Best Buy mulls founder’s offer to take it over

AMERICAN electronics retailer Best Buy may be taken private after founder and former chairman Richard Schulze made an offer to the company’s board valuing it at up to $9bn (£5.8bn) yesterday.

Schulze’s offer to buy the 80 per cent of Best Buy he does not already own sent shares in the retailer up 17 per cent, the company’s biggest gain in a decade, but they did not reach the $24 to $26 he is offering.

Schulze laid out proposals for the deal, which is being advised on by Credit Suisse, in an open letter to Best Buy’s board of directors. He intends to contribute $1bn from his current stake to the deal, with the rest provided by private equity firms.

Best Buy said yesterday that the board “will review and consider the letter in due course” and that it will “evaluate this proposal carefully”.

Schulze said: “There is no question that now is the moment of truth for Best Buy and that immediate and substantial changes are needed for the company to return to its market-leading ways.” The retailer has struggled in the face of competition from cheaper online rivals, and reported a $1.1bn loss last year, but Schulze promised he had a plan to revive the company’s fortunes, saying the “best chance for renewed success is to implement with urgency the necessary changes as a private company”.

Best Buy launched a joint venture with Carphone Warehouse in the UK last year, opening 11 stores, but they were all closed after they failed to turn a profit.

The two companies continue to have a relationship, with Carphone Warehouse due to sell in special zones of Best Buy’s Chinese stores. The British firm’s founder and chairman Sir Charles Dunstone told City A.M. yesterday he didn’t believe a deal would affect the companies’ working relationship.

PROFILE: RICHARD SCHULZE

After six years as a sales representative for an electronics manufacturer, Richard Schulze founded Best Buy in 1966. The 25-year-old opened his first store, then known as The Sound Of Music, in his home town of Saint Paul, Minnesota.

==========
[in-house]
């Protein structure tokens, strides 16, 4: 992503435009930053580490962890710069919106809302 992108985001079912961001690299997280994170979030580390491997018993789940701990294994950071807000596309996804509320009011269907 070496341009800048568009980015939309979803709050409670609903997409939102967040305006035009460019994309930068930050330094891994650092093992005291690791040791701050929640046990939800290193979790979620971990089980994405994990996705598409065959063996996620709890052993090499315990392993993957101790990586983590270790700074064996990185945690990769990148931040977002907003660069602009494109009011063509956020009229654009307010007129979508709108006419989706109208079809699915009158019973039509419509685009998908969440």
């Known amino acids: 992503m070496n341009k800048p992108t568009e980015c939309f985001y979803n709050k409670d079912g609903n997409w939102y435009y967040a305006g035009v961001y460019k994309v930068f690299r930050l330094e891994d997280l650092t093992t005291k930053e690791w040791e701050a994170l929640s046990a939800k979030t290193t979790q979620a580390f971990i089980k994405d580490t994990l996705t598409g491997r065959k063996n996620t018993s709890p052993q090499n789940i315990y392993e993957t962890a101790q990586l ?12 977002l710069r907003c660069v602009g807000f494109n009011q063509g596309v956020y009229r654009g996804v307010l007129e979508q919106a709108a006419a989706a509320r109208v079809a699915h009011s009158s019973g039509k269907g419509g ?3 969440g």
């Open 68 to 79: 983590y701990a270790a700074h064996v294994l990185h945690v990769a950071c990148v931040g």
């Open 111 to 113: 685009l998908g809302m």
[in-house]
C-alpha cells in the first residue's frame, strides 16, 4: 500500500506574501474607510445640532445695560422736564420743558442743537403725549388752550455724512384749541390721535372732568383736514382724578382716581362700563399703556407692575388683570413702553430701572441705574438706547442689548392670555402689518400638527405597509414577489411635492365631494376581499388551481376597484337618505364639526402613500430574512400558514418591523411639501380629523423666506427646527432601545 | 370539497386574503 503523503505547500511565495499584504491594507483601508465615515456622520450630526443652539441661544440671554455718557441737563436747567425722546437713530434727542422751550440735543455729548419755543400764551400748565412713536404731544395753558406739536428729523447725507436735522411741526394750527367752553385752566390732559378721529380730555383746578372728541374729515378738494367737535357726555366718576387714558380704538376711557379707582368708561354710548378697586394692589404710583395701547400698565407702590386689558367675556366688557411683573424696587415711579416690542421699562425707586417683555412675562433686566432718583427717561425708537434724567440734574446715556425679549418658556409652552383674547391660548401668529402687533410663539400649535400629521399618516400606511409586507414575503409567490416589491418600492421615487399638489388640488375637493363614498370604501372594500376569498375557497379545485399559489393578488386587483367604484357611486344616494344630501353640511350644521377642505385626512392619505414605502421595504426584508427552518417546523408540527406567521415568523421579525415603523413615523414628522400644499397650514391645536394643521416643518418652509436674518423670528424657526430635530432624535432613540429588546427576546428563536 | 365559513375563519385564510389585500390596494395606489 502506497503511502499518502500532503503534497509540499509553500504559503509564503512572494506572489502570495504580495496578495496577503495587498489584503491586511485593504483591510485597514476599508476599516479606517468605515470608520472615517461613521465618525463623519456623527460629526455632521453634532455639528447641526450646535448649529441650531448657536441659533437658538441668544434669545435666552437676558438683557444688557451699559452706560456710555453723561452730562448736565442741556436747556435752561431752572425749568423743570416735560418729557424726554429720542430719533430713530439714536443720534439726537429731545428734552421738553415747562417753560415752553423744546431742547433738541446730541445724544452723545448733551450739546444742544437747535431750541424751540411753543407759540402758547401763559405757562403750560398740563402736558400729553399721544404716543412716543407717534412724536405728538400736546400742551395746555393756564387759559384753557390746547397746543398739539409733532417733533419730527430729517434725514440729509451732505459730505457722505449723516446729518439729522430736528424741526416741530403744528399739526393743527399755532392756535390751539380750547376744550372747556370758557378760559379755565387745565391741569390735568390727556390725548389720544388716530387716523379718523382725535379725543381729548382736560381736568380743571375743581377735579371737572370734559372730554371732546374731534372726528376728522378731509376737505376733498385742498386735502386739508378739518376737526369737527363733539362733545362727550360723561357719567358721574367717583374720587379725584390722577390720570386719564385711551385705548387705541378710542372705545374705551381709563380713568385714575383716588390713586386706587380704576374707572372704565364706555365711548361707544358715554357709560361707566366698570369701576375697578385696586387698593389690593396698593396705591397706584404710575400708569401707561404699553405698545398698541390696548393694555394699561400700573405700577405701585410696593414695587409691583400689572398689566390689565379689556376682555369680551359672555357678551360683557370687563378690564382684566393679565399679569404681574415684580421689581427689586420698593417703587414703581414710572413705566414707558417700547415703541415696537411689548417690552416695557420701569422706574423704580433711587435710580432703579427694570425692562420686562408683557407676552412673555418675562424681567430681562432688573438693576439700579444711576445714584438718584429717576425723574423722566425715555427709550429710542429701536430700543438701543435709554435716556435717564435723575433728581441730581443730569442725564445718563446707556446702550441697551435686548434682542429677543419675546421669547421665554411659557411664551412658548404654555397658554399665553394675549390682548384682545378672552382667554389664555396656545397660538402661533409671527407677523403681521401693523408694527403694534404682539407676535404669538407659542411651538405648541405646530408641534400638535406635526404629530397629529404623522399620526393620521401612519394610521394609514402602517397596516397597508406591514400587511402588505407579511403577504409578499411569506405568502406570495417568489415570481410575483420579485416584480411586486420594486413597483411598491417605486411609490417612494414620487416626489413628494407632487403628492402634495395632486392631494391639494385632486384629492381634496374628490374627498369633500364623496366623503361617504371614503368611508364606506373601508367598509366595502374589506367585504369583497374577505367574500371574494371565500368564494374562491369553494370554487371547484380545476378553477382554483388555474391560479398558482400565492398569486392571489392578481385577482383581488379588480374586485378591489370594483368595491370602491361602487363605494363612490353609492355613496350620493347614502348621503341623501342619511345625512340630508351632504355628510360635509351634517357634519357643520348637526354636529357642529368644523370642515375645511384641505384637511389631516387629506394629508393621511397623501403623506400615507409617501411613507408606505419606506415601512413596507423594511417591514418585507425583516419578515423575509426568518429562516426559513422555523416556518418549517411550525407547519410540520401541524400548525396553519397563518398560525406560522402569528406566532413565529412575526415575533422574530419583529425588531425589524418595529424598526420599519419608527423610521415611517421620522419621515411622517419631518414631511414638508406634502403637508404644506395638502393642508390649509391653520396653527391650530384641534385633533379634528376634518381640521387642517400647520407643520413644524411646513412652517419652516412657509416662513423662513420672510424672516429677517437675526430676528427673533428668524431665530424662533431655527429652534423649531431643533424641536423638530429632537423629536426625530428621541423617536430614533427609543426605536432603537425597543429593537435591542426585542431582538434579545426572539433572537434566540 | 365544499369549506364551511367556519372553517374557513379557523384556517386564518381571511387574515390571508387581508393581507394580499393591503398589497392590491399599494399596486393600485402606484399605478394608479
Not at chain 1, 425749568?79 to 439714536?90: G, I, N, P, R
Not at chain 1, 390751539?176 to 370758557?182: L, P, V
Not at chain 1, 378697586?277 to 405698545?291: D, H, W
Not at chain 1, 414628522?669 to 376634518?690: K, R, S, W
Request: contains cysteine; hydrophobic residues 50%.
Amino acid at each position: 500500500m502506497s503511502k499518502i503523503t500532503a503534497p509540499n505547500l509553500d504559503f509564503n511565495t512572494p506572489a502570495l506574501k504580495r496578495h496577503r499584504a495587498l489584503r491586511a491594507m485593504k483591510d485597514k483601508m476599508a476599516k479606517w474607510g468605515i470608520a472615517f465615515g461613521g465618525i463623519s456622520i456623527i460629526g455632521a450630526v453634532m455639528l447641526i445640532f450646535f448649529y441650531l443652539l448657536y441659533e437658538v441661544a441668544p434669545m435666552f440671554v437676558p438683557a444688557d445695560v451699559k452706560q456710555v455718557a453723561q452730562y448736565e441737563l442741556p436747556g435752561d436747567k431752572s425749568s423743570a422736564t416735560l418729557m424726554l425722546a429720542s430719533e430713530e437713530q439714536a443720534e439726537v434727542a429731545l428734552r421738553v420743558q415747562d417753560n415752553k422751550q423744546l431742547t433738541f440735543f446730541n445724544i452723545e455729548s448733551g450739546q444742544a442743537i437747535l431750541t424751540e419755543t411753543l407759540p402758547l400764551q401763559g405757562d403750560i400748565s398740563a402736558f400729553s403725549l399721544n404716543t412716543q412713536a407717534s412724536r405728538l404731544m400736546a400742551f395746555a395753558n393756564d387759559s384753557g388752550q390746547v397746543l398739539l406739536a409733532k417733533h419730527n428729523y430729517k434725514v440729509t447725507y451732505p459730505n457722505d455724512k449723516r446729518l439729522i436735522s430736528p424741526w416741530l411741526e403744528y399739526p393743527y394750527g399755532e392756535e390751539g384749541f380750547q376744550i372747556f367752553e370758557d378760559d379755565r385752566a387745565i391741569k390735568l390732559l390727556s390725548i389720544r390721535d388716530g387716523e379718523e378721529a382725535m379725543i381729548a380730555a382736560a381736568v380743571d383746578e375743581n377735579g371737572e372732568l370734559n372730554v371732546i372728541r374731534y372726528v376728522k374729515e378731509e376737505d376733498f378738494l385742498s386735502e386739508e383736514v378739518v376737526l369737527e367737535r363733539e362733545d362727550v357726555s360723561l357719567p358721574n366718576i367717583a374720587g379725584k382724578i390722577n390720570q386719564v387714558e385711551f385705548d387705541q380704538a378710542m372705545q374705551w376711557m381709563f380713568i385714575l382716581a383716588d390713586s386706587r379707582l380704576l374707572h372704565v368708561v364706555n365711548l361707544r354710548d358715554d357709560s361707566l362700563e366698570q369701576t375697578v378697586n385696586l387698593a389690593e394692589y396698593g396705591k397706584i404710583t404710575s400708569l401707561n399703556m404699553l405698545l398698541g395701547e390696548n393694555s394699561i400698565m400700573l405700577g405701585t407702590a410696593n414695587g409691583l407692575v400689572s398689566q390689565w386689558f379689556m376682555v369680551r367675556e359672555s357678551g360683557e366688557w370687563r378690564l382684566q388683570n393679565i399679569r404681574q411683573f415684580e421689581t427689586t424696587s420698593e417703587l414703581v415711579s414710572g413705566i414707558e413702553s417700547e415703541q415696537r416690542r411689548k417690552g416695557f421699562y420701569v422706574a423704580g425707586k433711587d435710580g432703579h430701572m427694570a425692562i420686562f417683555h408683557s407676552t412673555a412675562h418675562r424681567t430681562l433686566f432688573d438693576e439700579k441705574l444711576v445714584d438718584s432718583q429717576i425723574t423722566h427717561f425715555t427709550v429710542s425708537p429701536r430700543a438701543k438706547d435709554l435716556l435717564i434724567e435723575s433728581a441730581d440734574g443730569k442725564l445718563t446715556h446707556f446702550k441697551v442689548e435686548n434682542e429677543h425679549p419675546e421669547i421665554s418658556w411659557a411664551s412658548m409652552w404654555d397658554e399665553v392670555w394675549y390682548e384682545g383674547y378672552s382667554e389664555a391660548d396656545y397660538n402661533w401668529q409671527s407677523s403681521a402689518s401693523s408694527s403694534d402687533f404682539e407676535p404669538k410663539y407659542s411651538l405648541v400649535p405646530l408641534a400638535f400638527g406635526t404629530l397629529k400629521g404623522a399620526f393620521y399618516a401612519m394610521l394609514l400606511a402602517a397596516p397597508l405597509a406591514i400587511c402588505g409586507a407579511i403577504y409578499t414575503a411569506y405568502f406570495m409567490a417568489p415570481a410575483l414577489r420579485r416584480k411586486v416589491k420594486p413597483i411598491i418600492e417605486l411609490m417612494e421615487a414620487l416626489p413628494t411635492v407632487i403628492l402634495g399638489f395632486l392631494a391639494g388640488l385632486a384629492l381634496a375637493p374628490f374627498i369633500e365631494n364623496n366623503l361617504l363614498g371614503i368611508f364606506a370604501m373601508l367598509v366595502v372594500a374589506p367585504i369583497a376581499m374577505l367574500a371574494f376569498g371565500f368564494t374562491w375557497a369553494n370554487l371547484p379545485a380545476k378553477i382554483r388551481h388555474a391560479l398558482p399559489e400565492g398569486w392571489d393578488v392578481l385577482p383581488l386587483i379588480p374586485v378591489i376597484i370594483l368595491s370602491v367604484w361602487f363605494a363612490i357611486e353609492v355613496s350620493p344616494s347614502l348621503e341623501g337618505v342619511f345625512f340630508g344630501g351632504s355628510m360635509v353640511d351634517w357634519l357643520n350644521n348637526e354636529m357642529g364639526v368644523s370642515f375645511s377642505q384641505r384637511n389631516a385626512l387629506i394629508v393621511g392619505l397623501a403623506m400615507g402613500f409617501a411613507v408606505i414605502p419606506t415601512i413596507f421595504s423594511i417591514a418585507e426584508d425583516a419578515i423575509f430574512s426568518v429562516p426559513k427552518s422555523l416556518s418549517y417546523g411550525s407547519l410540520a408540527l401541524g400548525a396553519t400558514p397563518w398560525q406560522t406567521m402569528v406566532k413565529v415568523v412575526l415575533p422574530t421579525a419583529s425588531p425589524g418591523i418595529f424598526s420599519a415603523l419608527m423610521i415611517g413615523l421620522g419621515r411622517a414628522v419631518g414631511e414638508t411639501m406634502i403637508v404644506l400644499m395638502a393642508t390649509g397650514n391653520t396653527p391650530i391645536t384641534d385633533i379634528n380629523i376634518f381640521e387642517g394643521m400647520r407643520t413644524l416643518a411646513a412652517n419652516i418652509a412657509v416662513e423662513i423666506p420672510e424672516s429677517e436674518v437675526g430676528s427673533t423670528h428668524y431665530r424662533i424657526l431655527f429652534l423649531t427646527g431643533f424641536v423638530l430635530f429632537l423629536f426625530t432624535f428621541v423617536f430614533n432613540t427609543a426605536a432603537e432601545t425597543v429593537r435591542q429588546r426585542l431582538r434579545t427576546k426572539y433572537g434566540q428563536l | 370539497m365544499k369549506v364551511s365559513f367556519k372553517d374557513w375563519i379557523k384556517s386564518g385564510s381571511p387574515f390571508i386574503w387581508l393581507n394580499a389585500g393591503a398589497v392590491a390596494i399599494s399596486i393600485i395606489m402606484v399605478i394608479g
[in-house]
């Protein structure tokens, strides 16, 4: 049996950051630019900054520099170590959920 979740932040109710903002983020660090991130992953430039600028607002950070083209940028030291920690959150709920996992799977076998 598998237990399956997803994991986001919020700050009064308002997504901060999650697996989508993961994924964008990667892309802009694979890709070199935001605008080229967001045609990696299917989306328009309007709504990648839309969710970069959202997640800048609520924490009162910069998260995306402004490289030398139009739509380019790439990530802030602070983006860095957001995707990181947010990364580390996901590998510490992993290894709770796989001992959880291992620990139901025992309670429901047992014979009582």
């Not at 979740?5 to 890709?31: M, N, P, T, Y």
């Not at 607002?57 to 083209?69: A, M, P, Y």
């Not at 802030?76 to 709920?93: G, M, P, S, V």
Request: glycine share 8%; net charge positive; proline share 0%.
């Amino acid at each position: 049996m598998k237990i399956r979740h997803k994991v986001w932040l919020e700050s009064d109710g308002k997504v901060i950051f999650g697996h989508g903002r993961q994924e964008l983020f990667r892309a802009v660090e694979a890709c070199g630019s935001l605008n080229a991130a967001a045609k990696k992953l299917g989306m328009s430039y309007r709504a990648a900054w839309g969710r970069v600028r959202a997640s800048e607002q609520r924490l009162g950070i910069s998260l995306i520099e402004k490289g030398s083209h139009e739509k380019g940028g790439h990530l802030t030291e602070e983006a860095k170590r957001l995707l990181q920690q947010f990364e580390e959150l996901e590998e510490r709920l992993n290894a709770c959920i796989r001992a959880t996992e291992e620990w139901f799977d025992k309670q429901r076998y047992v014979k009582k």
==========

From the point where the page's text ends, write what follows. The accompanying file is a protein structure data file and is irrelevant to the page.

The store sold hi-fi equipment and was an instant success, leading to Schulze opening several other outlets in the area. In 1983 the board changed the company’s name to Best Buy and two years later it floated on the New York Stock Exchange. By 1993 it had become America’s second-biggest consumer electronics retailer.

After 30 years as chief executive of the company, Schulze stepped down in 2002, becoming the firm’s chairman. However, he was forced to resign from his position in May this year after an internal investigation was launched into Schulze’s appointment of Best Buy’s then chief executive Brian Dunn. The probe found that Schulze has failed to alert Best Buy’s audit committee to the fact that Dunn was in a relationship with a female colleague. Dunn had resigned as chief executive a month earlier.

Schulze continues to hold a 20 per cent stake in Best Buy and remains on the company’s board. His tenure at the company led to him amassing an estimated $2bn fortune, and he was ranked as the 157th richest man in America by Forbes magazine last year.

The father of 10, now 71, even has a day in his honour in Minnesota, with 9 November designated as Richard M Schulze day.